Boston and Cambridge are known for their historic churches, and I hope to visit several while we’re here. But when we were choosing a church for worship this last Sunday, we chose the closest United Methodist church, Harvard-Epworth UMC, not because it’s historic, but because we don’t have a car this summer, and I craved the familiarity of the Wesleyan ummah. Harvard-Epworth actually is historic in its own way, sitting at the edge of the Harvard campus. The traditional architecture, the wooden floors and pews, reveal its origins in the late 1800s. We sat near the back, at the end of the pew. I miss pews. Our church in Davis has chairs, and there’s something about the communal aspect of the pew, and the hardness of the wood, that connects me to others and reminds me of the comfort of discipline.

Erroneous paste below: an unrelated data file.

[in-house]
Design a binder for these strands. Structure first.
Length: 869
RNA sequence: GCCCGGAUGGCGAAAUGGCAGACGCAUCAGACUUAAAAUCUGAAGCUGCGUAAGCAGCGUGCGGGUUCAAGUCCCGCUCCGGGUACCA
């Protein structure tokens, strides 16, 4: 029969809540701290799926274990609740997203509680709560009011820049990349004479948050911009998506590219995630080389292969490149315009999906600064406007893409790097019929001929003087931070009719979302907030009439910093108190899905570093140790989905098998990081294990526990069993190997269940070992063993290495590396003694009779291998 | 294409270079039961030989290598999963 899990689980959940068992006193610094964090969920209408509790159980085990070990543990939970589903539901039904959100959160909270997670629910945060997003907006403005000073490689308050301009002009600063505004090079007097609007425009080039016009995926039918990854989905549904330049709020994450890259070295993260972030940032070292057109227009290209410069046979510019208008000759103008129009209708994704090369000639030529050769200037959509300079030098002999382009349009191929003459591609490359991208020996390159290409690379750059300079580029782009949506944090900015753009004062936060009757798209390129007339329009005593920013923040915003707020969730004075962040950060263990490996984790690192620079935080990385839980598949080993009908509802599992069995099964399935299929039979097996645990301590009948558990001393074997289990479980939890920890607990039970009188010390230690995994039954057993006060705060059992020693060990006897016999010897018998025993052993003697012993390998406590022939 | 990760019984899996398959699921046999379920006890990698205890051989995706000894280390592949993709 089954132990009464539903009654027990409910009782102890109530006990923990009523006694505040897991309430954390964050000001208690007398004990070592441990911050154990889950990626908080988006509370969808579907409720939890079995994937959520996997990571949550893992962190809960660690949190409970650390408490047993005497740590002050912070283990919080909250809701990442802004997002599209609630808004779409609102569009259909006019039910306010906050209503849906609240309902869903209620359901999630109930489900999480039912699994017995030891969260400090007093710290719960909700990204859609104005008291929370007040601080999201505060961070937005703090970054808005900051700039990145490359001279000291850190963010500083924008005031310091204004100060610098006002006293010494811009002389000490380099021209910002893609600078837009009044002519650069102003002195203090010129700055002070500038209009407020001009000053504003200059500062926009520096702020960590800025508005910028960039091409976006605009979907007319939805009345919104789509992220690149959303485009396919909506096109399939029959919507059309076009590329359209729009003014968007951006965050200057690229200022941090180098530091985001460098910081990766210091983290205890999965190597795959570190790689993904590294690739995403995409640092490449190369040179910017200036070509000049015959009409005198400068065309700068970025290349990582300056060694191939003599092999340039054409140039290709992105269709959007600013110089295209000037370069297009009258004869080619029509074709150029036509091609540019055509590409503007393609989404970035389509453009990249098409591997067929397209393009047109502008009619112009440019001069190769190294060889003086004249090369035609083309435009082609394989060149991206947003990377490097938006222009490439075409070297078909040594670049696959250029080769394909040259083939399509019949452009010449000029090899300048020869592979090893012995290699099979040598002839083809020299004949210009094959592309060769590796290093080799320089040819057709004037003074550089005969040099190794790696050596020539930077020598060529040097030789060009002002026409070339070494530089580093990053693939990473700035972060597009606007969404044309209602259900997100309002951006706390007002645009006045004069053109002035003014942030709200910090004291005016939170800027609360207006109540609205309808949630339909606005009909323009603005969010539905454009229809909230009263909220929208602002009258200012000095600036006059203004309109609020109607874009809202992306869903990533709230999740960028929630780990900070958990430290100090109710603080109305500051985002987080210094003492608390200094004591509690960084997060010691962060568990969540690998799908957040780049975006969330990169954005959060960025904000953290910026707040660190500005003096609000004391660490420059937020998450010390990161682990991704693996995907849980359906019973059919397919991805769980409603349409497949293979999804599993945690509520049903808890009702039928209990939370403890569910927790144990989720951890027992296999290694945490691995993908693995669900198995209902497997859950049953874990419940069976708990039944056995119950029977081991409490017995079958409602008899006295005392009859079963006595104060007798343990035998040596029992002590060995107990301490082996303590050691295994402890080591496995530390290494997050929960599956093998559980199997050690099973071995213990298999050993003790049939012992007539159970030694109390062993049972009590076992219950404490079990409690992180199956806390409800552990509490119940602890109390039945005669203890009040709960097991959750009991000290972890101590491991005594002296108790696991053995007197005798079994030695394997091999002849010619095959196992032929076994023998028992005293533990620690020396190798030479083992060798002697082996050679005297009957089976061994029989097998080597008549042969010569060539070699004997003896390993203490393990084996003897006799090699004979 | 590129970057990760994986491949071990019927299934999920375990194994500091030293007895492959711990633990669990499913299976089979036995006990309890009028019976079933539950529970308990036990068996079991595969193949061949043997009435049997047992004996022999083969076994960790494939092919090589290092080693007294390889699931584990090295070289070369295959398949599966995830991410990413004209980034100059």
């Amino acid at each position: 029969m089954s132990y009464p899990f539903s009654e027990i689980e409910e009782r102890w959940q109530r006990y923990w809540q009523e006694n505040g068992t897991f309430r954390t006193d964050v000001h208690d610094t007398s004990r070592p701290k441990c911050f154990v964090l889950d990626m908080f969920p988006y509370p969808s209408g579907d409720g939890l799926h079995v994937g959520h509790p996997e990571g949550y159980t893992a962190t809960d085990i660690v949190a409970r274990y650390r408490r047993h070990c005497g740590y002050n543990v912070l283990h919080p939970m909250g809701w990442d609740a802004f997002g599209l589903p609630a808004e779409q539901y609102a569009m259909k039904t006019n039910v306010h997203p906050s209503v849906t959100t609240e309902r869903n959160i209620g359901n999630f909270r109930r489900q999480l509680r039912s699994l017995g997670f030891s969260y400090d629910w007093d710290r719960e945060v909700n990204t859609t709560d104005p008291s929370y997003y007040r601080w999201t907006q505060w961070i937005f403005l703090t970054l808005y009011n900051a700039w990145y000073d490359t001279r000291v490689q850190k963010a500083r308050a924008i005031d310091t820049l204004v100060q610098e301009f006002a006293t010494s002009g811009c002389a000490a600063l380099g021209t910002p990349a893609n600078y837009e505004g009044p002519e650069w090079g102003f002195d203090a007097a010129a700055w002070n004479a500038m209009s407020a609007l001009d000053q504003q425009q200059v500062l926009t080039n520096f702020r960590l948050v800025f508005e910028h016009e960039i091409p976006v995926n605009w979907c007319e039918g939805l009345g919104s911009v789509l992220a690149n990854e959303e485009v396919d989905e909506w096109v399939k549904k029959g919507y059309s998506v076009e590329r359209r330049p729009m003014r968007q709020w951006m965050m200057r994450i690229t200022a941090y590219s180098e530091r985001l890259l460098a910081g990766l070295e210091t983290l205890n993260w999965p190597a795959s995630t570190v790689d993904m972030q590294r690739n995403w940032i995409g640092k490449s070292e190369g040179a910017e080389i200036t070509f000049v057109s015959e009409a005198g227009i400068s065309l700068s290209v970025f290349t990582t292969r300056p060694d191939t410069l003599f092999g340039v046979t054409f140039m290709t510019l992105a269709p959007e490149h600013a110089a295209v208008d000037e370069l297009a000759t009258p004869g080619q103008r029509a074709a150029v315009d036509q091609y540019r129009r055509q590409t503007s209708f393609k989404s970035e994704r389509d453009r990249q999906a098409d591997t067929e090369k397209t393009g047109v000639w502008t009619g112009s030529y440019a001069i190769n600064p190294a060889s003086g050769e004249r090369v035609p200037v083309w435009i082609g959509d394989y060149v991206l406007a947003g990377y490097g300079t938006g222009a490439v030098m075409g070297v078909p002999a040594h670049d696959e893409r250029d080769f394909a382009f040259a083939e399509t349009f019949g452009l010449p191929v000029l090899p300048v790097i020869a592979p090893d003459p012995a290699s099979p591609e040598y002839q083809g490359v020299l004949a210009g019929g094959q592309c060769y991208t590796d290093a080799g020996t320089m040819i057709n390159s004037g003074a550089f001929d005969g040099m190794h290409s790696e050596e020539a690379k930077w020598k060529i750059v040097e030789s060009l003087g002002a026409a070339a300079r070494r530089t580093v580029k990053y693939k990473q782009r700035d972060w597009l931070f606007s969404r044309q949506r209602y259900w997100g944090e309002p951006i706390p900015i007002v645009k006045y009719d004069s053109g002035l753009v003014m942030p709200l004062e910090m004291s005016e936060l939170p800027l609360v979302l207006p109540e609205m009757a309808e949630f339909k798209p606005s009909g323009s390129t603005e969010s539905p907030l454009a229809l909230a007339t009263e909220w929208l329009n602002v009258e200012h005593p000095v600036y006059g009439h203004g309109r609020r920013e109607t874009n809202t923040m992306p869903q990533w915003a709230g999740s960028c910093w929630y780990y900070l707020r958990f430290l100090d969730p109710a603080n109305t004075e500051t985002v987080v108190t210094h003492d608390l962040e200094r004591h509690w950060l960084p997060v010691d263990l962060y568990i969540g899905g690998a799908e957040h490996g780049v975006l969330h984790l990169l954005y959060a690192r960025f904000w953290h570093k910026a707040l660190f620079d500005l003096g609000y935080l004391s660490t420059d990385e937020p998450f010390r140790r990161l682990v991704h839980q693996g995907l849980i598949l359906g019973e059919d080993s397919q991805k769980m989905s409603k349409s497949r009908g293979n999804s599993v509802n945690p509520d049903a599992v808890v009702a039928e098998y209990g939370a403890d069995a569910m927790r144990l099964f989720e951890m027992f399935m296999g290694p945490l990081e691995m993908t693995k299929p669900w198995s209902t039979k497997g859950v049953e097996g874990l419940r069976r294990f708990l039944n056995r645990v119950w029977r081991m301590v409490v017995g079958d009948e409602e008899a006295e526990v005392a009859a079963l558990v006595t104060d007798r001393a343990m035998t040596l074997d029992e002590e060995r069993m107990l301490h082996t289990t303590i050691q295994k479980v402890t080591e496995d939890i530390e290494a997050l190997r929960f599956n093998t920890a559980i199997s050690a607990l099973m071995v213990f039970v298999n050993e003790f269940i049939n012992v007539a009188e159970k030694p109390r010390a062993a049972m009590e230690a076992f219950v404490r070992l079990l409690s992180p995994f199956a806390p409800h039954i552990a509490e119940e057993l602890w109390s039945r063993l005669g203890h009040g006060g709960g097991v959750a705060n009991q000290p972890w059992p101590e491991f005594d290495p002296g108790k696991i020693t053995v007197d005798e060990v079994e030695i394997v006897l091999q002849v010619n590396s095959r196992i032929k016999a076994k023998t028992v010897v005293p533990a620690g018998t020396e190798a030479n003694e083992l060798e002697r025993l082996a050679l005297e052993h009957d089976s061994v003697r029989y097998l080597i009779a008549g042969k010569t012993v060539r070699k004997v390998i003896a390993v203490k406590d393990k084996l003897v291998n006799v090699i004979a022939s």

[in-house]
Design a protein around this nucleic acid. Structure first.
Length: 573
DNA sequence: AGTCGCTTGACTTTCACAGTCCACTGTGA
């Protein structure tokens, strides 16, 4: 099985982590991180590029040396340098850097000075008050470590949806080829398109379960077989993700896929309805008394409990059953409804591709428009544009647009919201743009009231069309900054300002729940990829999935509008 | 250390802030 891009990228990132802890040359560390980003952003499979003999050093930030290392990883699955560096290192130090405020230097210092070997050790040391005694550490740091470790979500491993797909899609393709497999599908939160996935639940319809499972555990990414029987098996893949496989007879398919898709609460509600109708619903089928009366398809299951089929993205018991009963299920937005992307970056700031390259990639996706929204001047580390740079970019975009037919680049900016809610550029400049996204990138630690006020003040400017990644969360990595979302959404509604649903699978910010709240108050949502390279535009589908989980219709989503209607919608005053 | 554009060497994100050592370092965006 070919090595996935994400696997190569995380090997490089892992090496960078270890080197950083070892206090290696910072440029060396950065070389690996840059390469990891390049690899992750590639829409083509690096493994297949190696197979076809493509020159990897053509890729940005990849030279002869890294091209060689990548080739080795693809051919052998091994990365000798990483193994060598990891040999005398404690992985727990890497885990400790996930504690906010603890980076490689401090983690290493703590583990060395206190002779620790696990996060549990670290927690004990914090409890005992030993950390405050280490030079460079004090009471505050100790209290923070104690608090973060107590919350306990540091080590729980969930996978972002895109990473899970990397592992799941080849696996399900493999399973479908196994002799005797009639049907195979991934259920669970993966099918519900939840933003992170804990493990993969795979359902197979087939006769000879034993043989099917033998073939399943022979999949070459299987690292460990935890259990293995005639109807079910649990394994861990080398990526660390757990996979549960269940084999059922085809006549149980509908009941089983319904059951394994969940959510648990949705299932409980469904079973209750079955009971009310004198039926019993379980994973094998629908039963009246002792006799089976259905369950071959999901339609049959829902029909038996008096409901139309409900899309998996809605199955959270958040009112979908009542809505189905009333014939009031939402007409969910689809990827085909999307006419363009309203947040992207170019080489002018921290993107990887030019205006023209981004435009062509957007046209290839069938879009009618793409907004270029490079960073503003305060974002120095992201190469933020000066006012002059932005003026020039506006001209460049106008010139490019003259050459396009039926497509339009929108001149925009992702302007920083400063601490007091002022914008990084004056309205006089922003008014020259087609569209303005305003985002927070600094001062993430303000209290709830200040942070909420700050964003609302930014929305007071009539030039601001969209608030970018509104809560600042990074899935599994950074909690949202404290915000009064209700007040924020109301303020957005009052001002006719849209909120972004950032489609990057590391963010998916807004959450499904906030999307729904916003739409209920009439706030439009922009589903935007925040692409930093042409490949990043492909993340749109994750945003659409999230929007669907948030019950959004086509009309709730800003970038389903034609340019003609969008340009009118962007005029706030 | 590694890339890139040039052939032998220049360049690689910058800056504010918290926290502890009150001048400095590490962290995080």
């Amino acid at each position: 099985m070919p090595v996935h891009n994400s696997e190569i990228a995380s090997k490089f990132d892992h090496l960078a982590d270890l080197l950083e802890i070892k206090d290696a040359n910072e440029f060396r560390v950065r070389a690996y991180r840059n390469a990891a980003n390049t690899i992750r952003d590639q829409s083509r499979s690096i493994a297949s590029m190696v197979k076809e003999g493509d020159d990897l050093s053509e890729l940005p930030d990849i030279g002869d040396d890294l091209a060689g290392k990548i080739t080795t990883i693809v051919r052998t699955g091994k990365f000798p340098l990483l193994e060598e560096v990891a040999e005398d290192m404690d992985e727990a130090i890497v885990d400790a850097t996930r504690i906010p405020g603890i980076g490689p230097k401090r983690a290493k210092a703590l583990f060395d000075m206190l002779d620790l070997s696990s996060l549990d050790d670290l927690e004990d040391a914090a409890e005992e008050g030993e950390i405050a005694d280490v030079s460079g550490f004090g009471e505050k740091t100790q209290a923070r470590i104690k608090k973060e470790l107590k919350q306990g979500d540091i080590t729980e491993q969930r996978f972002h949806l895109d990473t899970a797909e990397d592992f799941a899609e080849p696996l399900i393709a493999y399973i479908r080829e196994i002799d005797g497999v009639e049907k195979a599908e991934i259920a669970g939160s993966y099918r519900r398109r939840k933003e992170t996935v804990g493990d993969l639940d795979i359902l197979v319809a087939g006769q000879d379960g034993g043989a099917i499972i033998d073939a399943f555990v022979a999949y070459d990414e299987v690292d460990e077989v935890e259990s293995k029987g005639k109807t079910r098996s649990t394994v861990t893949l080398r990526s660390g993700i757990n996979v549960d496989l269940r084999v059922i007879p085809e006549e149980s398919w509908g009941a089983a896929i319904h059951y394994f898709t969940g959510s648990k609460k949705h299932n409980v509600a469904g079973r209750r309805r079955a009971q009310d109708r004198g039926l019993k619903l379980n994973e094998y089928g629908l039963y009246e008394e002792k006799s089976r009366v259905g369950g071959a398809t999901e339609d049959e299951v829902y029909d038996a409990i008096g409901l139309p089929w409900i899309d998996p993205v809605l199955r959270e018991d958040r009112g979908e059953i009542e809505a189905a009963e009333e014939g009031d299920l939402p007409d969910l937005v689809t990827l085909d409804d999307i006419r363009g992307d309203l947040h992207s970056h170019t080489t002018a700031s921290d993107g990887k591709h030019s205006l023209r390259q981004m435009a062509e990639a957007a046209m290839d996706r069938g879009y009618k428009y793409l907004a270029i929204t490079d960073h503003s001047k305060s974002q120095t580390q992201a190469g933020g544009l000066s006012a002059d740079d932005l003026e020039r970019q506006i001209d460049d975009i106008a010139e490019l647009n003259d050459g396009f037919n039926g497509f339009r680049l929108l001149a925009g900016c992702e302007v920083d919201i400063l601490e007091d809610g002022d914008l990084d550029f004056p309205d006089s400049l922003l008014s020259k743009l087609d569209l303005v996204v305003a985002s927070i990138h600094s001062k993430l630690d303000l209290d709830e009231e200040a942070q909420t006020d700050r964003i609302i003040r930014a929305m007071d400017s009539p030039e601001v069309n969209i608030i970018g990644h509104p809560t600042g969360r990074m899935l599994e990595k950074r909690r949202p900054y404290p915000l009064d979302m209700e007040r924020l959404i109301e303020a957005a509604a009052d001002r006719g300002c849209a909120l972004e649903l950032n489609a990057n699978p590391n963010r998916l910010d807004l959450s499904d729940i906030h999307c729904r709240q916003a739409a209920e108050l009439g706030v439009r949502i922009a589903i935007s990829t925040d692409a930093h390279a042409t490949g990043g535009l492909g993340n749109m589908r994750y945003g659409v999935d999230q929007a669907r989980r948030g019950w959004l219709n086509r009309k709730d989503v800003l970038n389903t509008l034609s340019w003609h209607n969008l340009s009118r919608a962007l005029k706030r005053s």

John and Paloma in many ways are typical p.k.s (pastor’s kids). In worship, they are restless, and often noisy, forgetting or ignoring the propriety required of church goers, talkative during the children’s sermon, sometimes waving at me or even coming to visit as I sit behind the pulpit. They are forgiven these things in Davis, but I wondered if this congregation would be so accommodating. It is Cambridge after all, and I presume a formality here that contrasts with our very informal northern California college town.
I was especially worried about the trio of older women in front of us, and thought that we were undoubtedly disturbing their worship experience. But as they turned to pass the peace near the end of the service, they smiled warmly at the children and told them how proud they were of them for their answers in the children’s sermon. Their welcome was genuine, and I was grateful once again to be a part of this communion. It was clear that they saw these children not as nuisance but as promise and hope: cherished baton receivers in the generational relay of faith.